Vaccination is over 90% effective at preventing deaths from the Delta variant of COVID-19, according to the first country-level data on mortality.
The research, involving the University of Strathclyde, has found that the Pfizer-BioNTech vaccine is 90% effective and the Oxford-AstraZeneca vaccine 91% effective in preventing deaths in people who have been double vaccinated, but who have tested positive for coronavirus in the community.
The study, using data from the Scotland-wide EAVE II Covid-19 surveillance platform, is the first to show across an entire country how effective vaccines are at preventing death from the Delta variant, which is now the dominant form of COVID-19 in the UK and many other countries.
Researchers analysed data from 5.4 million people in Scotland between 1 April and 27 September 2021. During this period, 115,000 people tested positive for COVID-19 through a PCR test conducted in the community, rather than in hospital, and there were 201 deaths recorded due to the virus.
The Moderna vaccine is also available in Scotland and no deaths have been recorded in those who have been double vaccinated with it. Consequently, it has not been possible to estimate its effectiveness in preventing death, the researchers said.
The researchers defined death from COVID-19 as anyone who died within 28 days of a positive PCR test, or with COVID-19 recorded as a cause of death on their death certificate.
The research team, from Strathclyde, the University of Edinburgh and Public Health Scotland, analysed a dataset as part of the EAVE II project, which uses anonymised linked patient data to track the pandemic and the vaccine roll out in real time.
The results are published as a letter in the New England Journal of Medicine.
Professor Chris Robertson, of Strathclyde's Department of Mathematics and Statistics, said: “This study shows the value of carrying out analyses of routine healthcare data available in near real-time.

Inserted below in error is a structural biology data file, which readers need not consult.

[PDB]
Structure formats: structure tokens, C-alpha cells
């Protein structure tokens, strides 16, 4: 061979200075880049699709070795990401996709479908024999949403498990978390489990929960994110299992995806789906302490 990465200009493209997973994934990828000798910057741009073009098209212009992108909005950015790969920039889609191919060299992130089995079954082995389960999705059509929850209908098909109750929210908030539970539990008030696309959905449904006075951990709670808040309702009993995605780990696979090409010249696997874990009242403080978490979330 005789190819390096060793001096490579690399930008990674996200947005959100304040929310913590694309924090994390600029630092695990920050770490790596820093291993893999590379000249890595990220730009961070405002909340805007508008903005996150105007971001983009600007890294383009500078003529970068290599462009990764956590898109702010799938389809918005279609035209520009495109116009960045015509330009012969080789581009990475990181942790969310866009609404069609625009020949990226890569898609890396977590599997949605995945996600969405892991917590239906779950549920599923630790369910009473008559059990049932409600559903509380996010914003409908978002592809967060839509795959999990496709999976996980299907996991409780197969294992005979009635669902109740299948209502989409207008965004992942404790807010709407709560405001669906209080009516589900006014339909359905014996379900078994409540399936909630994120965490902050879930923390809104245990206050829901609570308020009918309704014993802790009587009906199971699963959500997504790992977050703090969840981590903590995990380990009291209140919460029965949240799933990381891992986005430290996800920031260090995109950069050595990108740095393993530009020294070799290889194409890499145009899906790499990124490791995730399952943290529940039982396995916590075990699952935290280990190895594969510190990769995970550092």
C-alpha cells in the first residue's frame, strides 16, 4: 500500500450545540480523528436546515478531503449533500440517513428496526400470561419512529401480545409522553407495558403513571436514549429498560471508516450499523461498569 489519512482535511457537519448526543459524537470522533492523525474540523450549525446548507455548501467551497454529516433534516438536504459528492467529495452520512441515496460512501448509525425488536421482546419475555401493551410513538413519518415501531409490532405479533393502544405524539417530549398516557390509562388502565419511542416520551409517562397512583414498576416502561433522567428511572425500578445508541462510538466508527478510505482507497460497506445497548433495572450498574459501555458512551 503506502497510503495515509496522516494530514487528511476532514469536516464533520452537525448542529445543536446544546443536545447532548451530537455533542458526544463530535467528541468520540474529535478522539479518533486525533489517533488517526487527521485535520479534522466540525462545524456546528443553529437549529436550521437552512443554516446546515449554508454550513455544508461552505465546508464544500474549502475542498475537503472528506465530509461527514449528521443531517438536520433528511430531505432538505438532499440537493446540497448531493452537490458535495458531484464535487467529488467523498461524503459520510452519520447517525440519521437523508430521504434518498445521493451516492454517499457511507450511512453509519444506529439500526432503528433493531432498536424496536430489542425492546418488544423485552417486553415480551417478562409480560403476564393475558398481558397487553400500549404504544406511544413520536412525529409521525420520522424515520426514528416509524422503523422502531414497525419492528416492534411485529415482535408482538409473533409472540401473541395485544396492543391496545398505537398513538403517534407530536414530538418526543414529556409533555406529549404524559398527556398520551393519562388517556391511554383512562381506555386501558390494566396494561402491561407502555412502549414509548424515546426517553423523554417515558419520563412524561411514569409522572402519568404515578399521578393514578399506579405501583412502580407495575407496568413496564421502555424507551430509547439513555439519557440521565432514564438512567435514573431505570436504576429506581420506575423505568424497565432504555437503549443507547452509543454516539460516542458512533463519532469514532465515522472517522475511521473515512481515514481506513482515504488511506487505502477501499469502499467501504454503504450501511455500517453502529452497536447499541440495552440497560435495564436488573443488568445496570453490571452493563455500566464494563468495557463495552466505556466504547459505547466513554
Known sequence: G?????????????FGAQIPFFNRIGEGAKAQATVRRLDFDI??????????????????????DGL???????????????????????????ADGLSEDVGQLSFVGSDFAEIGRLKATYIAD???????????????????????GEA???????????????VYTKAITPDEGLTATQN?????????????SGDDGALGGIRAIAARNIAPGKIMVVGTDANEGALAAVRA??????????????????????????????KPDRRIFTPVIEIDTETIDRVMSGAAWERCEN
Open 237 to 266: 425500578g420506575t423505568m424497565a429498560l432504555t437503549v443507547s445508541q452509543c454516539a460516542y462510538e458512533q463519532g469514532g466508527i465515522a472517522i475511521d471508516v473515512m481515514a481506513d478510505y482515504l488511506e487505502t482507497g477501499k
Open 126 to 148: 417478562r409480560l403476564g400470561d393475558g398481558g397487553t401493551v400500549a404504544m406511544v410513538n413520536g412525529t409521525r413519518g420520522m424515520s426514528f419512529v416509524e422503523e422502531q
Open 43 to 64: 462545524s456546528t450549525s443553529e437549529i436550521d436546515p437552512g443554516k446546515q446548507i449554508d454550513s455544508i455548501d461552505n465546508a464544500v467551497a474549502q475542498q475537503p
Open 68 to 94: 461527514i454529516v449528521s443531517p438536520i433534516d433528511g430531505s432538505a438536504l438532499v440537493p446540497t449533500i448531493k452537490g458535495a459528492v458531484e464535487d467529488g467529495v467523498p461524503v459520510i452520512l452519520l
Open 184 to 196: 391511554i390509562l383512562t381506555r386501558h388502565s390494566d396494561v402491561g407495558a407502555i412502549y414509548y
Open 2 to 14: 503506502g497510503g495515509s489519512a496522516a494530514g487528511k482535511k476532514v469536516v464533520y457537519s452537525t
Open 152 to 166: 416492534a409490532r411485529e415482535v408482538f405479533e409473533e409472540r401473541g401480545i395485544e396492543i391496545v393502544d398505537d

“Our findings are encouraging in showing that the vaccine remains an effective measure in protecting both ourselves and others from death from the most dominant variant of Covid-19. It is very important to validate these early results in other settings and with a longer follow-up study.”
The researchers say that, to increase confidence in these early findings, the research needs to be repeated in other countries and settings, and with longer follow-up time after full vaccination.
The team says that, because of the observational nature of the study, data about vaccine effectiveness should be interpreted with caution and it is not possible to make a direct comparison between both vaccines.
The study was funded by the Medical Research Council, UK Research and Innovation Industrial Strategy Challenge Fund, the National Institute for Health Research and Health Data Research UK (HDR UK), and was supported by the Scottish Government.
Additional support was provided through the Scottish Government Director-General Health and Social Care, and the UKRI COVID-19 National Core Studies Data and Connectivity programme led by HDR UK.